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Jan 20, 2011


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I wouldn't call it a long cherished staple, as it only became a staple after WW2. Before that whales were hunted for oil / blubber etc.

As for the "Scientific Whaling":

The Japanese Whale Research Program under Special Permit in the Antarctic (JARPAII) includes 50 Fin whales (Endangered ESA & IUCN) and 50 Humpback whales (Endangered ESA & vulnerable IUCN) and of course hundreds upon hundreds of Minke whales ("The cockroaches of the sea" said a Japanese official).

Even though they have a special permit for 50 Humpbacks, they seem to be leaving these alone (although this may be hard to prove) for the purposes of political bargaining.

The Japanese Whale Research Program under Special Permit in the North Pacific (JARPNII) deserves a special mention here because it is the hunt that is not as well known as JARPAII. The North Pacific

hunt consists of a much larger variety of endangered whales. They include:

- Sei
- Bryde's
- Sperm

Along with a large haul of "common minke" whales.

So it really does look like important science is being undertaken (NOT) when they are plucking endangered whales out of the oceans - the same whales struggling to get back to pre-whaling industry numbers which face even more challenges these days due to pollution, shipping ( & ship strikes), sonar tests (noise pollution, some of which can be lethal), loss of breeding grounds, climate change and loss of food sources (humans taking krill now too). And lastly, these science expeditions seemingly keep increasing their quotas of "samples needed" as Japan is longing for the day when they can begin full commerical whaling and until that day, they will continue to commercially whale under JARPAII and JARPNII.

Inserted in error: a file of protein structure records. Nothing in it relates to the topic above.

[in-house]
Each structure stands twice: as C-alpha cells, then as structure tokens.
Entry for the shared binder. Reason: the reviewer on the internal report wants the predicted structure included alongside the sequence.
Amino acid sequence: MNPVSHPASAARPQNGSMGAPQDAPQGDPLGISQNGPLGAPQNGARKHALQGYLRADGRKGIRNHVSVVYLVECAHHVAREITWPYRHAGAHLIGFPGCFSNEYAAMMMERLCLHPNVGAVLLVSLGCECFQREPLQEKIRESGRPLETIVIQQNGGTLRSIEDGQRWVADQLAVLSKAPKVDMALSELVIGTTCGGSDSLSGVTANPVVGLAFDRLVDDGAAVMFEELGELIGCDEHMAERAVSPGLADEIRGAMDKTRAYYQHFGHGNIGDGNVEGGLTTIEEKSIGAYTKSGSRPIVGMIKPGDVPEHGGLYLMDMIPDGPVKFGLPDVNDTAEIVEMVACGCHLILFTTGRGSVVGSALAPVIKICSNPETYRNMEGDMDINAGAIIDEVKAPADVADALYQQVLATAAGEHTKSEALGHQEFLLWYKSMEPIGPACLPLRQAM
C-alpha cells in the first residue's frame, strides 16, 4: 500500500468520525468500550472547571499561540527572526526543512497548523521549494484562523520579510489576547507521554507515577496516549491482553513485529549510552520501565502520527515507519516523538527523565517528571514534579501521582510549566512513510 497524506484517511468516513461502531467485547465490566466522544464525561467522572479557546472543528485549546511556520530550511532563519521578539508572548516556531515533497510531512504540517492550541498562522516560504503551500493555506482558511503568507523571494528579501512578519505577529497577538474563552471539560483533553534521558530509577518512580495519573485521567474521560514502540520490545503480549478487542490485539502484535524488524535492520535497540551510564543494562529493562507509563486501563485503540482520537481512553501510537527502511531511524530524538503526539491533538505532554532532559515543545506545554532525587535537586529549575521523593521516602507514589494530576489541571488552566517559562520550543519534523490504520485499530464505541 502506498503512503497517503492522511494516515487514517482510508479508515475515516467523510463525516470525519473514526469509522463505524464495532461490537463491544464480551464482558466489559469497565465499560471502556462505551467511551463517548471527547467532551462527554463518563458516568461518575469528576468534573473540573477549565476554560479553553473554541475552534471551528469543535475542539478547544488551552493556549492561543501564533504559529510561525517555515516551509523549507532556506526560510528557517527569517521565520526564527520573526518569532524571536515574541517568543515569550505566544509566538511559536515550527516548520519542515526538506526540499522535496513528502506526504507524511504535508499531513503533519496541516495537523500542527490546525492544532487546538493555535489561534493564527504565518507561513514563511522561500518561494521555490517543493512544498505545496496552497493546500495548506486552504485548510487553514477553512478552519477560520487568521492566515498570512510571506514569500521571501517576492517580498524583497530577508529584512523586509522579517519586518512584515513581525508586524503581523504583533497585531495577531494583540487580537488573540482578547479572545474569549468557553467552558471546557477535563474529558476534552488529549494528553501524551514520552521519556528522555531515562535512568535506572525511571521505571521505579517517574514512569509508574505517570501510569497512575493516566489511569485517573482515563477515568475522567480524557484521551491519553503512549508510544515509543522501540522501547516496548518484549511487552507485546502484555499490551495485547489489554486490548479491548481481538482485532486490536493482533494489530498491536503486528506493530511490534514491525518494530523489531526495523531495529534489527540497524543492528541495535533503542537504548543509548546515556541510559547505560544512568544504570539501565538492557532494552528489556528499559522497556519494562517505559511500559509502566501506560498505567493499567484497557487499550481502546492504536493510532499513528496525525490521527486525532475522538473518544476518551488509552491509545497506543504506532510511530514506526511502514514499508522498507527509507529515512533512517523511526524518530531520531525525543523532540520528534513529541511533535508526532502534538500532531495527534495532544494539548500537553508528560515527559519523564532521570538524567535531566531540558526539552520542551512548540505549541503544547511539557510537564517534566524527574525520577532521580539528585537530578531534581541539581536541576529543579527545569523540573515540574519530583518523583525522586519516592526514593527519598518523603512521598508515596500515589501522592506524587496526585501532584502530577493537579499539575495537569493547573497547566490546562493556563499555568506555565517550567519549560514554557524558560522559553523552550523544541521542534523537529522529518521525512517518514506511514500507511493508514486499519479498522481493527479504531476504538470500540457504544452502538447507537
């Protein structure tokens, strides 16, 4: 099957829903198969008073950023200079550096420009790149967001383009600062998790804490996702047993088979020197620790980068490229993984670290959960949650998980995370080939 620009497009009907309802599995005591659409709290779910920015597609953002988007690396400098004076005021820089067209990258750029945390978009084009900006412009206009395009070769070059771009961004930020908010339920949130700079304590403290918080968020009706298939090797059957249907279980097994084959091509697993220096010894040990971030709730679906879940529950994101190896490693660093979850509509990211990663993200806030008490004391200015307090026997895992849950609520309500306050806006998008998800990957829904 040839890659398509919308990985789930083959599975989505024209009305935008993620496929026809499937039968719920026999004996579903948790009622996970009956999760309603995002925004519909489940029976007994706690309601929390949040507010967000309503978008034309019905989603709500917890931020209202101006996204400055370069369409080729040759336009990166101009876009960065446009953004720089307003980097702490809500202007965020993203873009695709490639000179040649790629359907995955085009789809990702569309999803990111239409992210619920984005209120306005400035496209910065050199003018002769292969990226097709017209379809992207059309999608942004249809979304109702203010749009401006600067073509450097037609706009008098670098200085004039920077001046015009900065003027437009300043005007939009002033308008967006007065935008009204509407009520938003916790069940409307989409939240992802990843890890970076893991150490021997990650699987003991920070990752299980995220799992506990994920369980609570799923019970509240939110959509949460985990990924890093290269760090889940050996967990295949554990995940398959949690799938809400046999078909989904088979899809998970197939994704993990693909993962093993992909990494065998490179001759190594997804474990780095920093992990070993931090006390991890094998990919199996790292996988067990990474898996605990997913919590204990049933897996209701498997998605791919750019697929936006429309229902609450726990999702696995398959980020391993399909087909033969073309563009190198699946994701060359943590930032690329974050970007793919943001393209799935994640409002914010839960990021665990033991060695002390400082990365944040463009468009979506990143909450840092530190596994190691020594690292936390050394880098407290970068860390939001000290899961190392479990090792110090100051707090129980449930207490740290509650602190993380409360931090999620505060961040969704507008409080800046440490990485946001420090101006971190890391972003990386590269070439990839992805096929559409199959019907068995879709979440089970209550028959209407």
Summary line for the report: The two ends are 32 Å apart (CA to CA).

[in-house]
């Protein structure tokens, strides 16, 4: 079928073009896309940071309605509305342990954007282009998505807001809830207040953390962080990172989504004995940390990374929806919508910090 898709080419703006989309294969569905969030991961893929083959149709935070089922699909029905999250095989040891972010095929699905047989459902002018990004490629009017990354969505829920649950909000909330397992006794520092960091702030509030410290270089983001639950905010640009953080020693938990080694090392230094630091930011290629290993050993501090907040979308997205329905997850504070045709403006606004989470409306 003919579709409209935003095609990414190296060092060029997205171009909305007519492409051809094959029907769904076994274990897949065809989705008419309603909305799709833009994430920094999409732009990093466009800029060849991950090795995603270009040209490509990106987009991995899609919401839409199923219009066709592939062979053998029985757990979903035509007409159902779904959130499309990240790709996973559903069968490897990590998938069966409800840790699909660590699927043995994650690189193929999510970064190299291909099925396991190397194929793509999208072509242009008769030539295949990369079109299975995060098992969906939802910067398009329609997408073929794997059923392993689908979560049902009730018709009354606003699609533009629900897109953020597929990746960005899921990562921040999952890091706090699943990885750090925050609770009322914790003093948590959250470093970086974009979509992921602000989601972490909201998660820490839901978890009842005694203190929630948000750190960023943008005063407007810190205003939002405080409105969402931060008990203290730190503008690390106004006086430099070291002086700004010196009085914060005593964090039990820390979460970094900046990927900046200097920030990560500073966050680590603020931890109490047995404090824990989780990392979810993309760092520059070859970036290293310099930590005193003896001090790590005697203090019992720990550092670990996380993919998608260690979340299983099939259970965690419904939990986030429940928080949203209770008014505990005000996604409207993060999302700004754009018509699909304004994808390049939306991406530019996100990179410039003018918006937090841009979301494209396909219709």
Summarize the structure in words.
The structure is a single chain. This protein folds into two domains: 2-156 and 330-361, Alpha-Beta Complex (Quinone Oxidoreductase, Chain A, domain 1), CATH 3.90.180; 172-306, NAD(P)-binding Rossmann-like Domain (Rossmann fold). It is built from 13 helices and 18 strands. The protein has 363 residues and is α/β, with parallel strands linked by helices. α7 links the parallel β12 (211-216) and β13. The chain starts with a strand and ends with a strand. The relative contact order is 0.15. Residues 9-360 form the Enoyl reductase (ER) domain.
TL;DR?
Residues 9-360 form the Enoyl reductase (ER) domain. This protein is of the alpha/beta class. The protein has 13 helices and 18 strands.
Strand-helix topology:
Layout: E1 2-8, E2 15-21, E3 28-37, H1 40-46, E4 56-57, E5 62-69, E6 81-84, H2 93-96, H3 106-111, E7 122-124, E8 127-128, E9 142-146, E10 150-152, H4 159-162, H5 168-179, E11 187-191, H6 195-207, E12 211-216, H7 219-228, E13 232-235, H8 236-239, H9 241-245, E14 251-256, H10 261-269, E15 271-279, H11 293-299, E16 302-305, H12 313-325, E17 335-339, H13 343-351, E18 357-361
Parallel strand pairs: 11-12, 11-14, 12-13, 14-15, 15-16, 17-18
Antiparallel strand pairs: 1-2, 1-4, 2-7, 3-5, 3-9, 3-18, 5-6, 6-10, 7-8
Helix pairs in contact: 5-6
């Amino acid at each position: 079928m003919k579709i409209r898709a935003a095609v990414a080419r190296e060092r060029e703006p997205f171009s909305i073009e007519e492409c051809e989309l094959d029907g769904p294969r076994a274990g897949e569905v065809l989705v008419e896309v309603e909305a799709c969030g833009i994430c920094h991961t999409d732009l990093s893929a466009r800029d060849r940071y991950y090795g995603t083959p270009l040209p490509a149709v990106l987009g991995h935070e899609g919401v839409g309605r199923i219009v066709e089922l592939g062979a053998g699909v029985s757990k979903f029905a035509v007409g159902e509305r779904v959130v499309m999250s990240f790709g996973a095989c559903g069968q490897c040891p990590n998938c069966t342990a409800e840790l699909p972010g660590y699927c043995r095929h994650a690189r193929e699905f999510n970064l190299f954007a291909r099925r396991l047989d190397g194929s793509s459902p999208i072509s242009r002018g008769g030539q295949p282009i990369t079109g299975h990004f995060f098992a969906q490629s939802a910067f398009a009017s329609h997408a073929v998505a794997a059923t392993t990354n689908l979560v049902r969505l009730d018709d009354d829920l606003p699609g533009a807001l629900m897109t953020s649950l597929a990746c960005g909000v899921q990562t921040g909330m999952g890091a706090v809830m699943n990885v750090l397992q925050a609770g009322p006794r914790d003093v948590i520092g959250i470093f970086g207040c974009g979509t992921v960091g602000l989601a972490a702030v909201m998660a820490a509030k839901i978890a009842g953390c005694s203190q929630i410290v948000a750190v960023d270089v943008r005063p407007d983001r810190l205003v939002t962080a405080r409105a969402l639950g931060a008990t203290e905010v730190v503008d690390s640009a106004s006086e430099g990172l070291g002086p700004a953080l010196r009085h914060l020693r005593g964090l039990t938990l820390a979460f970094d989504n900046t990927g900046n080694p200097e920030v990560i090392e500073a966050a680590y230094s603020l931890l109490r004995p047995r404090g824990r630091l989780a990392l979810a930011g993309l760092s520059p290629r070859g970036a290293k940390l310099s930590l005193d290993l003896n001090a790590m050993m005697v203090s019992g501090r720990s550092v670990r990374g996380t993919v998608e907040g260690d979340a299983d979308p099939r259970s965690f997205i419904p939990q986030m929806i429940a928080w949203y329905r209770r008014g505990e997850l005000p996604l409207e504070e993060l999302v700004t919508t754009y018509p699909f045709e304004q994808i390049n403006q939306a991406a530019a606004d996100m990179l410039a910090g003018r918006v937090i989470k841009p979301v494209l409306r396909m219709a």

Importing whale meat from Iceland? Wow direct breach of CITIES. So Iceland hunts endangered whales too.

Ole Heinrich

"The whales were killed in the Northwestern Atlantic on government-sponsored scientific hunting missions, which are controversial." This is wrong. They are imported from Iceland, caught by Icelandic whalers from icelandic whaling and fishing boats, from its commercial and sustainable whaling.

F. Delacroix

Sounds like fun!


Desparate measures by desperate people.

Historically, Japan has always violated whaling regulations such as size limits, species limits, gender limits, seasonal limits, sanctuary boundaries, and even supported “pirate whaling” (killing whales in secret around the world through front companies with foreign labor to smuggle meat back to Japan without reporting to the IWC). They also do this with Blue Fin Tuna.

Does any of this look like important legal science? Does it really look like Japan is honoring international conventions in good faith?


Japan is an international disgrace - driving whales and tuna to extinction.

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